I’m starting to get back into networking as it’s a great opportunity to meet people in the local area and to tell them more about the books I’ve written and what Tough Girl Challenges is all about. I’ve written down a few pointers which I’ll share with you. Most are common sense, but it’s good to have a refresher every once in a while.
Google free networking events in your area.
Sign up to mailing lists to keep up dated.
Ask the people you meet what other events they go to and if they can recommend any.
Know where you’re going! It’s easy these days to load all of the information into your phone and to be able to use Google Maps to find the location. But what would you do if your phone died?
Work out the best way to travel there in advance.
Book the event into your diary/calendar straight away with all the important details.
Arrive on time or slightly earlier, I think it’s easier when you’re there first; it allows you to get the best seats, get a feel for the room and get your bearings.
Take business cards with you and take more than you think you’ll need.
If you have flyers or leaflets take them with you as well, you’ll never know when they may come in handy. You may be able to put them out on the tables in the room.
Have a notebook and pen to make any notes.
Meeting people for the first time
Can be a little scary if you haven’t done it before, but it’s a skill and like any skill you can get better at it with practice.
Practice does make perfect, go to as many networking events as possible.
Keep your right hand free so you can shake hands easily. Keep your handbag, case, coat etc in your left hand.
Wear your name badge on your right hand side, so people can easily read it when they shake hands.
Take your own name badge with you to wear in case they don’t have badges at the event.
Smile when you meet people for the first time and make eye contact.
Have a good hand shake, don’t have one of these limp handshakes there’s nothing worse!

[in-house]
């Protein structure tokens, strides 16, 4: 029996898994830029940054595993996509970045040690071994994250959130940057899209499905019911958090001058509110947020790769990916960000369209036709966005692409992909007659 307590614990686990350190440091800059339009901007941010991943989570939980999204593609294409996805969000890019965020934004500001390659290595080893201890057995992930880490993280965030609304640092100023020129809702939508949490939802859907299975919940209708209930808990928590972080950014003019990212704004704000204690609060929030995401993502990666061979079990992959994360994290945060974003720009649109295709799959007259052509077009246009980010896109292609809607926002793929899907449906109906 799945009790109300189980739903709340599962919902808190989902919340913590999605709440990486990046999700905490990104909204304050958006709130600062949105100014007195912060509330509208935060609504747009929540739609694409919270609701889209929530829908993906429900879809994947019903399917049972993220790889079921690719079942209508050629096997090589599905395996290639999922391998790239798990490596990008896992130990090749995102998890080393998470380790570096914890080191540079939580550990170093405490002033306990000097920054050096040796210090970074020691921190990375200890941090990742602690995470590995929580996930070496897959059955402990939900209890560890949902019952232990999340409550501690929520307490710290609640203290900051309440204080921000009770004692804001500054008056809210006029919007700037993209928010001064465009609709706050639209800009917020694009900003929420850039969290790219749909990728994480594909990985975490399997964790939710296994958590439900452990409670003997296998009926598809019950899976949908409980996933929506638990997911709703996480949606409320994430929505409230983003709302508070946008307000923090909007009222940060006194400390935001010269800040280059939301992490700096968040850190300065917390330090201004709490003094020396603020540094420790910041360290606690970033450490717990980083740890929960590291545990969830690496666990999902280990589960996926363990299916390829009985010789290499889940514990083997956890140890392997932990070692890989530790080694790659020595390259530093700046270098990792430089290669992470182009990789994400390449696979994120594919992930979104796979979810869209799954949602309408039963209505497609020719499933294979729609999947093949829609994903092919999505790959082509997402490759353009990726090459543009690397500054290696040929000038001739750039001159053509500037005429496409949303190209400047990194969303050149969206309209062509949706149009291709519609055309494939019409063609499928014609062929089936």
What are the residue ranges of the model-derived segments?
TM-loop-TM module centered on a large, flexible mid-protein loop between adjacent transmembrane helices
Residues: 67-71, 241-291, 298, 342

Don’t be afraid to go over and introduce yourself to people. Everyone’s in the same boat. They’ll probably be grateful that you’ve been the first one to make the move.
At the event
Don’t be afraid of moving round and meeting new people. Spend about ten minutes with each person.
When you’re talking to someone give them your full attention, ask open ended questions and listen to what they say. Never be looking over their shoulder for the next person to speak to.
If someone else joins your group, make sure you introduce them to everyone and update them with what you’re talking about.
After you’ve spoken to someone thank them for their time and then move on.
End the conversation by saying, thank you so much it was really lovely to meet you. If you’ll just excuse me there’s someone else I just want to touch base with. Something along those lines.
Be relaxed, you don’t need to talk about work all the time. But you should have a short dialogue of what you and your business is about. Make it short, sharp and punchy. The more you say it, the more it will roll off the tongue.
Follow up from the event.
As soon as you leave the venue try to make notes on the people you met, they don’t have to be detailed, but just enough to help you remember what you talked about. I always end up writing notes on the back of business cards. Normally in short hand, e.g. 2 kids, likes running, member of BNI etc.
Always send a follow up e-mail to the people you meet. Even though they may not be interested in buying your book or checking out your website. At least they know about you and they may have a friend or a family member who would find your work of interest. So you never know what could come from it.
There’s a great App called Card Cam. You take a photo of the business card and the app will them scan it and automatically capture all of the information from the business card and will add it into your phone which will save you time by not having to manually input it.
Follow the people you meet on twitter, hopefully they’ll follow you back as well, and if they do re-tweet any of your tweets the information could end up going out to thousands of people.
If you have a real connection with someone, invite them out for a coffee. This is a cheap and easy way of getting to know the person and seeing if there are any mutual benefits that could be had from working together. If there aren’t you haven’t lost anything apart from your time and the cost of a cup of coffee, but you could end up making a new friend!
Don’t worry if people don’t come back to you. At least you know you’ve made the effort and are putting yourself out there.